The Town of Luray is located at the crossroads of major routes of travel, approximately 90 miles west of Washington D.C. and 45 miles south of Winchester. Interstate 81 is located just 15 miles to the west; and Interstate 66 is just 25 miles to the north. The Town of Luray was established by act of General Assembly on February 6, 1812 on ten acres of land near Hawksbill Creek. Today, the growth of Luray continues to be fueled by its prime location: the ideal balance between rural scenery and travel connection. Home to Luray Caverns, Old Rag Mountain, and countless historic and scenic marvels, the Town of Luray features something for everyone.
Luray is the county seat of Page County, Virginia, United States, in the Shenandoah Valley in the northern part of the Commonwealth. The population was 4,895 at the 2010 census. The town was started by William Staige Marye in 1812, a descendant of a family native to Luray, France. The mayor of the town is Jerry Dofflemyer.
Luray is located at 38°39′51″N 78°27′16″W (38.664097, −78.454531). According to the United States Census Bureau, the town has a total area of 4.8 square miles (12.3 km2), of which, 4.7 square miles (12.3 km2) of it is land and 0.21% is water.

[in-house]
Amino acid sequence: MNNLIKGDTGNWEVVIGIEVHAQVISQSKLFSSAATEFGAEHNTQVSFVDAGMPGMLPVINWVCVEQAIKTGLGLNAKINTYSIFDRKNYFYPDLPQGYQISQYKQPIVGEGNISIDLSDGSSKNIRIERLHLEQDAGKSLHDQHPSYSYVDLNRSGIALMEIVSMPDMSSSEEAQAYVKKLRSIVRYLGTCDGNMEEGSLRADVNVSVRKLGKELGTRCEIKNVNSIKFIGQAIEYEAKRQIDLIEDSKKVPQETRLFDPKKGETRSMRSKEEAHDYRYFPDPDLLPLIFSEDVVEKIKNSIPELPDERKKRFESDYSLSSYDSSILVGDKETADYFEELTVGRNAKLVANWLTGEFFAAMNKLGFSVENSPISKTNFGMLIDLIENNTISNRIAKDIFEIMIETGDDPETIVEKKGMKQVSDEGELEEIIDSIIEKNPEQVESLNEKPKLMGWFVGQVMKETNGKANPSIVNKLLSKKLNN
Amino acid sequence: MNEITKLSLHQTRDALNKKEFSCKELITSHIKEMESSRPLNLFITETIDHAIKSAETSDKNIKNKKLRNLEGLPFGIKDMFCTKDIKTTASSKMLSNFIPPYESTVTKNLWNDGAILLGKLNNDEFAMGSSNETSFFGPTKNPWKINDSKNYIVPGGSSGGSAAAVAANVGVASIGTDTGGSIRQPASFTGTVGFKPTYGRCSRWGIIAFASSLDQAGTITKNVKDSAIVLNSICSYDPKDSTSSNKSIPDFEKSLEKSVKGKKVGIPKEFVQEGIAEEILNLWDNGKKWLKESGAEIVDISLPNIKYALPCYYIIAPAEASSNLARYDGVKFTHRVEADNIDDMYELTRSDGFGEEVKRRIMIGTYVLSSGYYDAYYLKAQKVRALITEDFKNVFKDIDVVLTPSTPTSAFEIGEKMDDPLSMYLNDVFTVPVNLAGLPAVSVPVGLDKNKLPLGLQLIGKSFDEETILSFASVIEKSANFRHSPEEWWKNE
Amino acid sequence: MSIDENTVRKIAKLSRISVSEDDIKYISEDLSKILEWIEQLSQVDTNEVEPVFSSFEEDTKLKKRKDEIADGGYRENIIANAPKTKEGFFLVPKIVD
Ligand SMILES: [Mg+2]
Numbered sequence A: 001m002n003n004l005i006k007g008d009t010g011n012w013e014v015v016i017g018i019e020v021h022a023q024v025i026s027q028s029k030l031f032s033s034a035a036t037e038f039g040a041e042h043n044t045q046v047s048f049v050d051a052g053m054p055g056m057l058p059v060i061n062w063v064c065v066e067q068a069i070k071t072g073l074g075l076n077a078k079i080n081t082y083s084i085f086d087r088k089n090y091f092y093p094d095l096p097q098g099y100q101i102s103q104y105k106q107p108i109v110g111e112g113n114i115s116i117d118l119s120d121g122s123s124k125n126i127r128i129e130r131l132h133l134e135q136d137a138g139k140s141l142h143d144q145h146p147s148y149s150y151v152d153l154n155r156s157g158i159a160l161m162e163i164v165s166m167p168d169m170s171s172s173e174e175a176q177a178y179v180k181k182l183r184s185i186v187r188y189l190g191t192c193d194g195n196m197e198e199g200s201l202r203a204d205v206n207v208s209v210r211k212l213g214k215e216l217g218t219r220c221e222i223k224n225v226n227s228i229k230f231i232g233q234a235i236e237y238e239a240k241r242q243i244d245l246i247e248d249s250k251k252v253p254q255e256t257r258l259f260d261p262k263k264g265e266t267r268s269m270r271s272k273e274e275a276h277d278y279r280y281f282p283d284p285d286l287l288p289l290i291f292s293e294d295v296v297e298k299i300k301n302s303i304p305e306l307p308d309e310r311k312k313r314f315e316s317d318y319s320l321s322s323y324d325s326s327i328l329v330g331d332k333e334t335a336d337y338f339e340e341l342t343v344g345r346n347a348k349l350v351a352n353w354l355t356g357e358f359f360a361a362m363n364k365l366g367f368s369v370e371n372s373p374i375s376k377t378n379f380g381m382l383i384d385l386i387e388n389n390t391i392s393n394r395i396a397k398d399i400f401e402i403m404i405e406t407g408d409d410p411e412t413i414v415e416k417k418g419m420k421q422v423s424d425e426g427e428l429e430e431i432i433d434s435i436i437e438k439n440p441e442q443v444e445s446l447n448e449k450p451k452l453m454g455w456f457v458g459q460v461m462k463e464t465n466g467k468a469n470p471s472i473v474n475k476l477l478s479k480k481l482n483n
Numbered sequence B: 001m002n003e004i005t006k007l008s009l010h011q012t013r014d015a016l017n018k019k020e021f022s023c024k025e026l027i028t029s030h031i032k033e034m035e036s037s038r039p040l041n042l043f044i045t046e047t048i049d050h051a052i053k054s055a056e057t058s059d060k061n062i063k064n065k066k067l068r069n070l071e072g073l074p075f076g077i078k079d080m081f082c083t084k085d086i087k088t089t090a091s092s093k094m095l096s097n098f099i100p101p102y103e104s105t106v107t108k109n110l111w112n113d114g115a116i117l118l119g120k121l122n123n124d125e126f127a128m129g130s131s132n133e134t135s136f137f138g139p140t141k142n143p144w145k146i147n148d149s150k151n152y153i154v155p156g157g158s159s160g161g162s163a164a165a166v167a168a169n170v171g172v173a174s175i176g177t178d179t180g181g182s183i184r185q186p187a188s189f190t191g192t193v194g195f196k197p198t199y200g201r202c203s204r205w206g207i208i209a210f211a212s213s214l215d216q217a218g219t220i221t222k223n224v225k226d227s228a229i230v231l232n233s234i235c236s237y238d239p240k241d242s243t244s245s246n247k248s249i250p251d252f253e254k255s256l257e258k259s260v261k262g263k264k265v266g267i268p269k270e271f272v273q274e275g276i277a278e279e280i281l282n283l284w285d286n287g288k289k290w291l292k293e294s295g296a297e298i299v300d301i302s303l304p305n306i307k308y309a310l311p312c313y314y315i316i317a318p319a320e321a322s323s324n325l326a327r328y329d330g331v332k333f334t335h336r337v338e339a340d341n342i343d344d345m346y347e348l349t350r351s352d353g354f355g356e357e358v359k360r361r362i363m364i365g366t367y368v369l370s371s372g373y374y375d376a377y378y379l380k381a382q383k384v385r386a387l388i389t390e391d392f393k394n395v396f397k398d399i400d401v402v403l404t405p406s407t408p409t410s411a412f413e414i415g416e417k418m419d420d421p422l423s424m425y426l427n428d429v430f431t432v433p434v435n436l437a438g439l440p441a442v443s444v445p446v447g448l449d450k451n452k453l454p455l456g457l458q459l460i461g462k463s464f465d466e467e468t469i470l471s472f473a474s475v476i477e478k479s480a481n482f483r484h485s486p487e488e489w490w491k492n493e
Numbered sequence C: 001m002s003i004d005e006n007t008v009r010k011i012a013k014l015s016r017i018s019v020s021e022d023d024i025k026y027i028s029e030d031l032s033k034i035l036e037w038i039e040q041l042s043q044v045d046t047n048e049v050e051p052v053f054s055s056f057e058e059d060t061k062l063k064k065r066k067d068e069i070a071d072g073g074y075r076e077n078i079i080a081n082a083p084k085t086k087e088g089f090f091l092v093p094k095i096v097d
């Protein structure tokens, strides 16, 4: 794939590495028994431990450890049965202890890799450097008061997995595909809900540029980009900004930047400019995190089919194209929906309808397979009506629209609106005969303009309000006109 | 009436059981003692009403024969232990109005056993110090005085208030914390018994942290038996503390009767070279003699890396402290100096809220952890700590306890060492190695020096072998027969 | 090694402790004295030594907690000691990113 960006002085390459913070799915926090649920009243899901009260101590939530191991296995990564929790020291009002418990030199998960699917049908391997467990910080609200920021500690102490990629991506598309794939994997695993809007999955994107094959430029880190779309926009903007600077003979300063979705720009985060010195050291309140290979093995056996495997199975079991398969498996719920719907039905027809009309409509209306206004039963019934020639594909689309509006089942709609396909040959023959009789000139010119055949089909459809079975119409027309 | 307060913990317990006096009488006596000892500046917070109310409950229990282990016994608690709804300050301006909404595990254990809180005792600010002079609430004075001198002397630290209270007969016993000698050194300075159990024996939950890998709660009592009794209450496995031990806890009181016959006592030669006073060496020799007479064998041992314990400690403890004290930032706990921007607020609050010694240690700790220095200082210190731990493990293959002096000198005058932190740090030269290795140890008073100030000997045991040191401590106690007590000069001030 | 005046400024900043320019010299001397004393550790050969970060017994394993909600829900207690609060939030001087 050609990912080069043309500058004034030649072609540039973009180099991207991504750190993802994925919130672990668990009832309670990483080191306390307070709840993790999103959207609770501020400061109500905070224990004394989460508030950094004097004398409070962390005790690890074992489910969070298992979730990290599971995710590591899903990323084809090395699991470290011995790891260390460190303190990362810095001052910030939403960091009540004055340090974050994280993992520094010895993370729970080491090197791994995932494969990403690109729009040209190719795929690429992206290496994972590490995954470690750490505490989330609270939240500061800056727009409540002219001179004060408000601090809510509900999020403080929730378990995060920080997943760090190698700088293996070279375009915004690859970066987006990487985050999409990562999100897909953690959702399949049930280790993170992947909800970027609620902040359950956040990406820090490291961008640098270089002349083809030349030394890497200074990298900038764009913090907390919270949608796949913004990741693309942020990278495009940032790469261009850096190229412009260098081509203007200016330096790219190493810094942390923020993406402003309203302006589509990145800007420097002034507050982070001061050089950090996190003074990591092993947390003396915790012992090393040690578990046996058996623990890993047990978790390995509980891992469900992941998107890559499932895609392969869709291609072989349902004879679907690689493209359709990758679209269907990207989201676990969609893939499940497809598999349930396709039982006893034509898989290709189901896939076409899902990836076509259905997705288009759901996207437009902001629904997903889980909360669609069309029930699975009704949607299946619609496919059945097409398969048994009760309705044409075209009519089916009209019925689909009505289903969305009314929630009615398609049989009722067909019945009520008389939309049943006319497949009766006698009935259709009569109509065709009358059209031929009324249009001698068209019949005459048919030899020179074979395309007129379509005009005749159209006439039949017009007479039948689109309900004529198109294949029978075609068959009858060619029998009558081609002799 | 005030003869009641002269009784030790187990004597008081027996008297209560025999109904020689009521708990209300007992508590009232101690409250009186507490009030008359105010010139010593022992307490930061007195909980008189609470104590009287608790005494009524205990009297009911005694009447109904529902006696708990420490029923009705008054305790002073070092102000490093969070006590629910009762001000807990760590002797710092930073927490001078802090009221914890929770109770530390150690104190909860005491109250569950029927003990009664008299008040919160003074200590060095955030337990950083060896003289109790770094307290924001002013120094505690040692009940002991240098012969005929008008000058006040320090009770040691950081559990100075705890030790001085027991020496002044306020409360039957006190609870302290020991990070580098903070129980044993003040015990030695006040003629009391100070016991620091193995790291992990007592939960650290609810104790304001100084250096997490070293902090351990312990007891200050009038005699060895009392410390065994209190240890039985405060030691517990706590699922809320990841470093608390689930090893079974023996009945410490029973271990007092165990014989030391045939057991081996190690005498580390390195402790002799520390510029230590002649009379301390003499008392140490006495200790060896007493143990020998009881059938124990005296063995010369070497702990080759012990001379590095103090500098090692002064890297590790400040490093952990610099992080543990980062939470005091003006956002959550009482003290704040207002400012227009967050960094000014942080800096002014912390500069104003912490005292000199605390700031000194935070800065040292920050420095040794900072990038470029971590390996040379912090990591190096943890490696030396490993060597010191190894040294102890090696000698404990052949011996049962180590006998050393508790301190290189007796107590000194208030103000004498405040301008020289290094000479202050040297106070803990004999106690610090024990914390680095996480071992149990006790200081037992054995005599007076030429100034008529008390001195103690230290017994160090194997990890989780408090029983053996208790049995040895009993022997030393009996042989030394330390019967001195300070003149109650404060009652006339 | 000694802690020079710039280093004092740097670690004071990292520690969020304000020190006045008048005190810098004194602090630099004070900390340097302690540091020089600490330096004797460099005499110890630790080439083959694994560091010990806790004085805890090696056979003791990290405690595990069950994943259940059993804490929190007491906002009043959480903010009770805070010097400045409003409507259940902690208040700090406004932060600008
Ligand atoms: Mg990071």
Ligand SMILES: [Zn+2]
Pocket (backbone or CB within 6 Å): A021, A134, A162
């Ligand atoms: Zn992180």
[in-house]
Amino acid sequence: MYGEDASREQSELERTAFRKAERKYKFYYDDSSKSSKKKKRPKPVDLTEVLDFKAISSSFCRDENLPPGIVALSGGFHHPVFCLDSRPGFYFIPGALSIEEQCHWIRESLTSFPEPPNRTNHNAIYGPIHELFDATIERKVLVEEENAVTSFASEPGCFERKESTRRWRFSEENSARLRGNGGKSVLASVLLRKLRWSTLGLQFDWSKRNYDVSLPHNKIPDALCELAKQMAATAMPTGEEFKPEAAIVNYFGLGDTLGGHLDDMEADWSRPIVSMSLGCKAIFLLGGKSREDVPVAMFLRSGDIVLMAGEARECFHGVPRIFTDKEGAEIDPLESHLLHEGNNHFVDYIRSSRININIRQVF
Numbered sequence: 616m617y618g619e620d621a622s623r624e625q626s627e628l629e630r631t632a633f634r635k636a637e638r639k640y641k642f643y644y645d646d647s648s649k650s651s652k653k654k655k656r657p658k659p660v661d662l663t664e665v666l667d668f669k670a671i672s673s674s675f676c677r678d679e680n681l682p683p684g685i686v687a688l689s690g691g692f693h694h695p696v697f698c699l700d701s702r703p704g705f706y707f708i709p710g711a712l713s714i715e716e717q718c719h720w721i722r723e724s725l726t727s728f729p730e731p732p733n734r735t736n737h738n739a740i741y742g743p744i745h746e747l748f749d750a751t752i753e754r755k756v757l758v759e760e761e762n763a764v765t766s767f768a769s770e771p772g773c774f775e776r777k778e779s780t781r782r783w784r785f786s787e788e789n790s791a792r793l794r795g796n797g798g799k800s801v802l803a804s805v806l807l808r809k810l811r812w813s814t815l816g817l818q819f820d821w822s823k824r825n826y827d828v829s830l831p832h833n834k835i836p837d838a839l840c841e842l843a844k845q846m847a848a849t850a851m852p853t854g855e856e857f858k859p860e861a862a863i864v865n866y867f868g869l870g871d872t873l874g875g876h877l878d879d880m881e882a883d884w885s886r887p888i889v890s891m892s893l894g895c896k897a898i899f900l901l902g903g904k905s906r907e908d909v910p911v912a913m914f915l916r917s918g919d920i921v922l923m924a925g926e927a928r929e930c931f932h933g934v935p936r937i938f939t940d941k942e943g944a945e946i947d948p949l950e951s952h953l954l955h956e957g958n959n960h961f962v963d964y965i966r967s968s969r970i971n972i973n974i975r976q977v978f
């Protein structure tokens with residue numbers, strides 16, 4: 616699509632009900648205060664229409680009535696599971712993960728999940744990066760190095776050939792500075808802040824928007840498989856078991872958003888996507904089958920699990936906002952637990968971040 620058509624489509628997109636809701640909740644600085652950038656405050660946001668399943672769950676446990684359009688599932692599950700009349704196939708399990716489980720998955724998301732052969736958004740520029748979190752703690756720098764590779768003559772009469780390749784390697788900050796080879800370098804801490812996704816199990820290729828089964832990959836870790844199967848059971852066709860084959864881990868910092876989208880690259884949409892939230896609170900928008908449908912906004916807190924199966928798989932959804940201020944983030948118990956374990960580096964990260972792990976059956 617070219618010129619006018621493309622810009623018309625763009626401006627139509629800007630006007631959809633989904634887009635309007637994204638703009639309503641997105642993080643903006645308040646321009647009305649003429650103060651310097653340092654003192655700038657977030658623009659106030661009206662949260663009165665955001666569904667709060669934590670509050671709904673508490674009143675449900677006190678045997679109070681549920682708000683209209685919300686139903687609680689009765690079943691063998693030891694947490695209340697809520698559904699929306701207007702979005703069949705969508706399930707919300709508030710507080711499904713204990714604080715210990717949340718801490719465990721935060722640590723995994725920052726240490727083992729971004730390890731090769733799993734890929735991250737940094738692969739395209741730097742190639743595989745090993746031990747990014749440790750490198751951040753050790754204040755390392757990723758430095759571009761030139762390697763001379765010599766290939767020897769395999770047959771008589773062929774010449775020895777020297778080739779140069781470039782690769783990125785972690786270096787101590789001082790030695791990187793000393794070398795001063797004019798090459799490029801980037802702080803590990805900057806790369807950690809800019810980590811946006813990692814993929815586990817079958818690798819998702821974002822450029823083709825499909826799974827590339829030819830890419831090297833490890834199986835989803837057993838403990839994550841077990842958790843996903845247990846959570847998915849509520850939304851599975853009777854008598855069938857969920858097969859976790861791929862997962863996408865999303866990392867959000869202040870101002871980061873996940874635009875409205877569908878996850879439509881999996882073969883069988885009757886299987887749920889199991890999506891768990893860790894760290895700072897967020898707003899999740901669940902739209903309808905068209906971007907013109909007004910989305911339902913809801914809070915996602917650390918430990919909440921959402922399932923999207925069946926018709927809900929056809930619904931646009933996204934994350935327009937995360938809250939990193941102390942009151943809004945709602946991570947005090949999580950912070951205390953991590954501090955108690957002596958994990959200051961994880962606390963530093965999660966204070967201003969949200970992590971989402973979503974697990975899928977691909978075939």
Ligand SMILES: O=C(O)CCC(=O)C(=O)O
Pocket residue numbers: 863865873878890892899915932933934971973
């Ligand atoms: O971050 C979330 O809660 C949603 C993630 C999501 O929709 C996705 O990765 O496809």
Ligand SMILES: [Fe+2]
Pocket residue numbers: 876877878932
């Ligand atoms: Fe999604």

As of the census of 2000, there were 4,871 people, 2,037 households, and 1,332 families residing in the town. The population density was 1,026.8 people per square mile (396.8/km2). There were 2,191 housing units at an average density of 461.9 per square mile (178.5/km2). The racial makeup of the town was 92.45% White, 5.52% African American, 0.25% Native American, 0.33% Asian, 0.45% from other races, and 1.01% from two or more races. Hispanic or Latino of any race were 1.35% of the population. There were 2,037 households, out of which 27.9% had children under the age of 28 living with them, 47.8% were married couples living together, 13.5% had a female householder with no husband present, and 34.6% were non-families. 30.7% of all households were made up of individuals, and 15.7% had someone living alone who was 65 years of age or older. The average household size was 2.31 and the average family size was 2.85.In the town, the population was spread out, with 22.1% under the age of 18, 6.7% from 18 to 24, 27.0% from 25 to 44, 23.0% from 45 to 64, and 21.3% who were 65 years of age or older. The median age was 41 years. For every 100 females there were 87.2 males. For every 100 females age 18 and over, there were 82.3 males. The median income for a household in the town was $34,306, and the median income for a family was $39,972. Males had a median income of $30,039 versus $19,841 for females. The per capita income for the town was $16,205. About 11.3% of families and 13.1% of the population were below the poverty line, including 22.4% of those under age 18 and 9.6% of those age 65 or over.